Over the last two weeks I’ve tried coming up with different ways, none of them quite right, of setting out to tell the story of how I ended up where I am at this very moment, on an aerobed in my cousin’s living room in Sydney, nearing midnight, an oxycodone, a glass of wine and a sleeping pill under my belt and still awake thinking about the fact that soon I will be in the hospital undergoing skin graft surgery.

My first ‘mental writing’ of the blog post started with my throat, and went something like this:

The day after the accident I woke up with a sore throat and thought, ‘Great, just what I need now is to be getting sick on top of everything else.’ But it didn’t feel quite like the sore throat you get when you’re getting a cold or flu. Maybe it was from crying so much the night before, I thought. A post-nasal drip. It didn’t seem to last long, or perhaps my mind was too focused on the pain in my foot and getting myself on the 9:42 train that I forgot to notice. Later, on what turned out to be a 10:50 train, when I took a drink from my water bottle, I noticed it again and it hit me: it was from screaming. Twenty-four hours before I had screamed longer and harder and certainly louder than I’d ever screamed in my life. Surely that would have some kind of physical effect on one’s throat, right?

But that wasn’t it.

Not my screaming theory, which was, I believe, well…sound. I just couldn’t figure out where to go from there storywise.

Then there was the text transcription idea. As in transcribing some text messages I sent during and after my trip to Gunung (Volcano) Papandayan in West Java to my friend Marc, who had been living about 10 hours further east, in the city of Jogjakarta.

14-Oct-2009, 10:57:51 am
I am in the crater of an active volcano. The most active in indo. Fucking cool. Smelly tho. U should come here if u’ve never seen all the bubbly lava & shit!

14-Oct-2009, 01:03:38 pm
I’m in hospital w serious burn on foot & leg fr stepping in lava. Want 2 come 2 jog asap. Don’t trust docs here. Will try 2 go tomorrow. Can u talk to asheeth? Maybe u can meet me at train and take me 2 his place? Not sure how hard walking will be. Again. Can’t fucking believe this. I’m in so much pain.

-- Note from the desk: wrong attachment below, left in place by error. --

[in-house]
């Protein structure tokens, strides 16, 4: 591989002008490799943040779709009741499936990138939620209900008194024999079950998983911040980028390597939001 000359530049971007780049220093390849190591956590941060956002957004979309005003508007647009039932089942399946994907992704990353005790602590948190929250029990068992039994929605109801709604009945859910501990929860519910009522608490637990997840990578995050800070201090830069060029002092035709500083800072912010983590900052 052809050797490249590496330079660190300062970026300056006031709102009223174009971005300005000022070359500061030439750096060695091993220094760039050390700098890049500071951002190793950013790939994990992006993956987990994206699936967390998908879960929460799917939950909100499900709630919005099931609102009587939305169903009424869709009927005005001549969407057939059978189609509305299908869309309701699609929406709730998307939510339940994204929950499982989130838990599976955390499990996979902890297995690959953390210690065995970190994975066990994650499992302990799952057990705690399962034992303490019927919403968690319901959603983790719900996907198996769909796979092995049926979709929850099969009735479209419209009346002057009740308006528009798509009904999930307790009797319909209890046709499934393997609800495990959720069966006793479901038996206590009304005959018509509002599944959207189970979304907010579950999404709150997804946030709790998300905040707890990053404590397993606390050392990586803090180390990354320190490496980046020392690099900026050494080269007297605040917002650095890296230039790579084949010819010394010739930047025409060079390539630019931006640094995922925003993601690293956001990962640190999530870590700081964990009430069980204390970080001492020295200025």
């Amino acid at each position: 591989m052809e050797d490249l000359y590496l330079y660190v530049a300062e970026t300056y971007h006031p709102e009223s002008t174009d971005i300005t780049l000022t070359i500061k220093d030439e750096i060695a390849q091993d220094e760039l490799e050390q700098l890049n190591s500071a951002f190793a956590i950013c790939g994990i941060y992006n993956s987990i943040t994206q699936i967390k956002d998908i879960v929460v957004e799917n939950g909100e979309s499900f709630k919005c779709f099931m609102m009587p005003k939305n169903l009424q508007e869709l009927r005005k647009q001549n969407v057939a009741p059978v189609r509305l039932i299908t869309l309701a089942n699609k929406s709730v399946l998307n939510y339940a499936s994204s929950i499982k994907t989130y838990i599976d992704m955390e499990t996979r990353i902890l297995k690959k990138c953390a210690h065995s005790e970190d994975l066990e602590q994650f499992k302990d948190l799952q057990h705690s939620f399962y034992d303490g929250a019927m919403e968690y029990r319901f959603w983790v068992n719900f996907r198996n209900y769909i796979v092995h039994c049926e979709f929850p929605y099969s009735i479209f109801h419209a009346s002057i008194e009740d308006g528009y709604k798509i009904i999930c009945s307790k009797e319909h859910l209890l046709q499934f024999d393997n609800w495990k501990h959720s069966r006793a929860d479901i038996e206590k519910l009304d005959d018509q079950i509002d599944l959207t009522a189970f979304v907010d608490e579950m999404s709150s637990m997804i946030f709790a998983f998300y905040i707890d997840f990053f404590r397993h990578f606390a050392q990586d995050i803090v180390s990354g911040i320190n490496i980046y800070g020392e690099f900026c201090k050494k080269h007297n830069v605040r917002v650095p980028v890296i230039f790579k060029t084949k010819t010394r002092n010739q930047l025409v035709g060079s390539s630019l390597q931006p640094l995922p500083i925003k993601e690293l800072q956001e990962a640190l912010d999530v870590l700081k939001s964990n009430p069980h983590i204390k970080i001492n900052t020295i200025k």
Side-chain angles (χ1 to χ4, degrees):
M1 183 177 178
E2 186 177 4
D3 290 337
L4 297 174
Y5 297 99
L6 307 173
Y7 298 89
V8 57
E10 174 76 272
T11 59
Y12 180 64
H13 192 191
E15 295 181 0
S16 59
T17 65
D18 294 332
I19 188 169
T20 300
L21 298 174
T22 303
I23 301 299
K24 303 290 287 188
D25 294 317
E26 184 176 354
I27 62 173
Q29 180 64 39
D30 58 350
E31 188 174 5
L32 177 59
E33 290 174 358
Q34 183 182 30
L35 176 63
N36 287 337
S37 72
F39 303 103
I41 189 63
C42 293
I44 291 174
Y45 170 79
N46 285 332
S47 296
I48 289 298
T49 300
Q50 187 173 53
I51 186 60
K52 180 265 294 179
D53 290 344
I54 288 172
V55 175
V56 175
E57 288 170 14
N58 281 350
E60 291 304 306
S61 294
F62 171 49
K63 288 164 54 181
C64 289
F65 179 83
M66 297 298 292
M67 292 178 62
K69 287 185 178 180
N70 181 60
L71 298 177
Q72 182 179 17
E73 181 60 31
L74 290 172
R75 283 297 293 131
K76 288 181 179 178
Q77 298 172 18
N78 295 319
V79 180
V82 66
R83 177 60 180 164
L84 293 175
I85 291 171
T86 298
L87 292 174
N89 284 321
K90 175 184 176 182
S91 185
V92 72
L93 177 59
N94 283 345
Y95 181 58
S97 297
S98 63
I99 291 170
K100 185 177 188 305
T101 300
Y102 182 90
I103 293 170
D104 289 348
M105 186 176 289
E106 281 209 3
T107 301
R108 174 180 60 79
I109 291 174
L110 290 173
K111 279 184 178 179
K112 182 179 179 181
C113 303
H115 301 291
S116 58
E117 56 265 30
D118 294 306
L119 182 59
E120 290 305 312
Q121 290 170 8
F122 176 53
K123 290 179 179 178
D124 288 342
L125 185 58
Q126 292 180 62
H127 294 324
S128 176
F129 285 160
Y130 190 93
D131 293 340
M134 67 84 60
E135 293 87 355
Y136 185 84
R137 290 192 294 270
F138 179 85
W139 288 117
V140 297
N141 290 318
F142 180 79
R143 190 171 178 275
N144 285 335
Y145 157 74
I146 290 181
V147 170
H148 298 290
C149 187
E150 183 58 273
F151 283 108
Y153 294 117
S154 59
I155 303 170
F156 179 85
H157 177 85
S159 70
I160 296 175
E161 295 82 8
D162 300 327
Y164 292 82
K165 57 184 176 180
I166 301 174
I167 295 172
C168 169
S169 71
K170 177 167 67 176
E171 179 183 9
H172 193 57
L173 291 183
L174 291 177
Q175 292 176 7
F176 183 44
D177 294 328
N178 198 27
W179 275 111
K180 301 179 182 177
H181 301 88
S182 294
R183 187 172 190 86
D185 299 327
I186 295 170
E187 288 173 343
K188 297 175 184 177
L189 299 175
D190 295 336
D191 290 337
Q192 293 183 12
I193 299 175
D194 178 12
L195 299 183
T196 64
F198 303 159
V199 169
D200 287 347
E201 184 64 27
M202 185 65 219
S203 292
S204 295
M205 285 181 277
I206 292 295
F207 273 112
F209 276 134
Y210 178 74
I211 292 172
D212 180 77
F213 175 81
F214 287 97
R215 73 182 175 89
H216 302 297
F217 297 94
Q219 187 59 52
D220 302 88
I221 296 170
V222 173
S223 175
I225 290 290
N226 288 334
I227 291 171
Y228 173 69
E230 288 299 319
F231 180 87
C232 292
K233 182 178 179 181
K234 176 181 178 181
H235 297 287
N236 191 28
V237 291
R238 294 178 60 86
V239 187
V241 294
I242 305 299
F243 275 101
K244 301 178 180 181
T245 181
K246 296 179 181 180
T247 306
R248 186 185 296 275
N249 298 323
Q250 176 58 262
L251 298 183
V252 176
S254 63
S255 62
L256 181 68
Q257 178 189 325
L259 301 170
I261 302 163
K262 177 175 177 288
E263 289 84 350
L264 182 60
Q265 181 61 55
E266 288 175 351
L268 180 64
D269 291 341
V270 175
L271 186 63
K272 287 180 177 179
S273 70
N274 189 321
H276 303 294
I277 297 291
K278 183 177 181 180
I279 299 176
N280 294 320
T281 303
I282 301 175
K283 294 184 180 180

14-Oct-2009, 08:55:52 pm
Injected pain killer seems 2 finally’ve set in. 2 bad it’s long after they drained my huge bubbleblisters, if u can even call em that, & cut off all my skin. Now waiting 4 hotel waitress 2 bring me back hosp receipt & change if there’s any, & drugs promised me by nice lady doc, including pain meds 4 sleep.

14-Oct-2009, 08:59:41 pm
Hurt so bad i screamed & cried like a baby. In fact screamed like i was having a baby & no doubt disturbed & perhaps amused others. These bules can’t take pain.

(‘Bule’ means ‘foreigner’ in Indonesian.)

But again, I wasn’t sure where to go from there. Too many blanks to fill in, and how to fill them?

Then there was the idea of starting way at the beginning. Like how I didn’t even know this volcano existed 48 hours before but was convinced by a hotel manager in Bandung and some older European tourists that I must see it (though I was skeptical, having seen a number of active volcanoes in different parts of the world and being therefore pretty volcano-jaded. Not as jaded as waterfall-jaded—which I totally am, as I never need to see another waterfall in my life—but still pretty jaded.).

Or how I set my alarm for 5:10 that morning but couldn’t get up and didn’t want to and snoozed until 7:30 and thought several times of just skipping the whole damned thing and going straight to the beach town six hours away, my original destination in West Java. And how something in my head told me maybe I wasn’t supposed to go to the volcano and something bad would happen if I did, which is not a normal type of thought for me so I dismissed it as silly, since I’ve never really been the type to have premonitions (well, except that time my backpack was stolen on the bus in Ecuador…but I wasn’t thinking about that in bed that morning when all I wanted to do was keep sleeping). I ultimately decided that coming all the way to this town, Cipanas, and not seeing the volcano was just too lame and I needed to get my lazy ass out of bed and go see the damned volcano, even though you are supposed to go early before the mist sets in and it was likely the weather would be crap and there’d be no visibility when I got there. (I also decided if that turned out to be the case it would be my own damned lazy-ass fault.)

But no, those things were really just tangents and would make the story too damned long. And, frankly, I’ve been tired from the pain meds and just haven’t felt like writing the whole story or writing at all (yes, even though I’ve now written all this, which is what always ends up happening when I get all Nike on myself and just do it.).

So, creative ideas now spent in the above half-assed ways, I will now just give you the facts as I’ve already related them a number of times in emails to friends and family. Plus photos, of course. I always have photos. Even in hospitals I have photos.